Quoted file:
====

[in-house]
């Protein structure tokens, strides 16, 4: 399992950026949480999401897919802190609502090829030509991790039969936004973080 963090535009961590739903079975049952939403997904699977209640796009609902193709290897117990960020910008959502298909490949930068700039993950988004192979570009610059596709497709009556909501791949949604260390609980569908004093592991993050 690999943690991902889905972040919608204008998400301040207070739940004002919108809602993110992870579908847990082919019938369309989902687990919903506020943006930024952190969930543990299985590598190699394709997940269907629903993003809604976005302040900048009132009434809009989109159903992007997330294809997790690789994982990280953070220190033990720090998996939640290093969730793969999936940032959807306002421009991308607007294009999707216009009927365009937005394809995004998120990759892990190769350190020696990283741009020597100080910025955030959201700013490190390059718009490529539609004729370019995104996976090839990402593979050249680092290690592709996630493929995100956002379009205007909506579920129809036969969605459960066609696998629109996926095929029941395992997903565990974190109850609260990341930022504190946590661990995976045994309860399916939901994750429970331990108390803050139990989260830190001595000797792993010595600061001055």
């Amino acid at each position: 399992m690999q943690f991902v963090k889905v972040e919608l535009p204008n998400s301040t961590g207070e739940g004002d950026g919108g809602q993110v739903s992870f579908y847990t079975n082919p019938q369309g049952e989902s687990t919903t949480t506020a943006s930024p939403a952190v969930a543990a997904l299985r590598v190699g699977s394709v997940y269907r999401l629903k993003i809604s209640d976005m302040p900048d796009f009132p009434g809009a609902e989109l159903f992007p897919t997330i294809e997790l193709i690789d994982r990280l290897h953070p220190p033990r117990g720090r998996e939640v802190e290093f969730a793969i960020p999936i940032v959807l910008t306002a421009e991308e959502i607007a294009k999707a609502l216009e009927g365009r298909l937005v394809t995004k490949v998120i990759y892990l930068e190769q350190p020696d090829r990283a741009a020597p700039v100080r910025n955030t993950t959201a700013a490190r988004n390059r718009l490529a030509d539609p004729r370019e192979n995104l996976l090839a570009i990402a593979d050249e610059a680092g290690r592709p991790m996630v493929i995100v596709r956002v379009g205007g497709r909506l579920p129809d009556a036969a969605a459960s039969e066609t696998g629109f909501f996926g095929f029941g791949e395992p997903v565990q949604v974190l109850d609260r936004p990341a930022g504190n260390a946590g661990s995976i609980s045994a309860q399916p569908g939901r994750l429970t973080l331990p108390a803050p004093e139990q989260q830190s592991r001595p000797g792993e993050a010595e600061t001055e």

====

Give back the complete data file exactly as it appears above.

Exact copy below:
[in-house]
């Protein structure tokens, strides 16, 4: 399992950026949480999401897919802190609502090829030509991790039969936004973080 963090535009961590739903079975049952939403997904699977209640796009609902193709290897117990960020910008959502298909490949930068700039993950988004192979570009610059596709497709009556909501791949949604260390609980569908004093592991993050 690999943690991902889905972040919608204008998400301040207070739940004002919108809602993110992870579908847990082919019938369309989902687990919903506020943006930024952190969930543990299985590598190699394709997940269907629903993003809604976005302040900048009132009434809009989109159903992007997330294809997790690789994982990280953070220190033990720090998996939640290093969730793969999936940032959807306002421009991308607007294009999707216009009927365009937005394809995004998120990759892990190769350190020696990283741009020597100080910025955030959201700013490190390059718009490529539609004729370019995104996976090839990402593979050249680092290690592709996630493929995100956002379009205007909506579920129809036969969605459960066609696998629109996926095929029941395992997903565990974190109850609260990341930022504190946590661990995976045994309860399916939901994750429970331990108390803050139990989260830190001595000797792993010595600061001055």
């Amino acid at each position: 399992m690999q943690f991902v963090k889905v972040e919608l535009p204008n998400s301040t961590g207070e739940g004002d950026g919108g809602q993110v739903s992870f579908y847990t079975n082919p019938q369309g049952e989902s687990t919903t949480t506020a943006s930024p939403a952190v969930a543990a997904l299985r590598v190699g699977s394709v997940y269907r999401l629903k993003i809604s209640d976005m302040p900048d796009f009132p009434g809009a609902e989109l159903f992007p897919t997330i294809e997790l193709i690789d994982r990280l290897h953070p220190p033990r117990g720090r998996e939640v802190e290093f969730a793969i960020p999936i940032v959807l910008t306002a421009e991308e959502i607007a294009k999707a609502l216009e009927g365009r298909l937005v394809t995004k490949v998120i990759y892990l930068e190769q350190p020696d090829r990283a741009a020597p700039v100080r910025n955030t993950t959201a700013a490190r988004n390059r718009l490529a030509d539609p004729r370019e192979n995104l996976l090839a570009i990402a593979d050249e610059a680092g290690r592709p991790m996630v493929i995100v596709r956002v379009g205007g497709r909506l579920p129809d009556a036969a969605a459960s039969e066609t696998g629109f909501f996926g095929f029941g791949e395992p997903v565990q949604v974190l109850d609260r936004p990341a930022g504190n260390a946590g661990s995976i609980s045994a309860q399916p569908g939901r994750l429970t973080l331990p108390a803050p004093e139990q989260q830190s592991r001595p000797g792993e993050a010595e600061t001055e």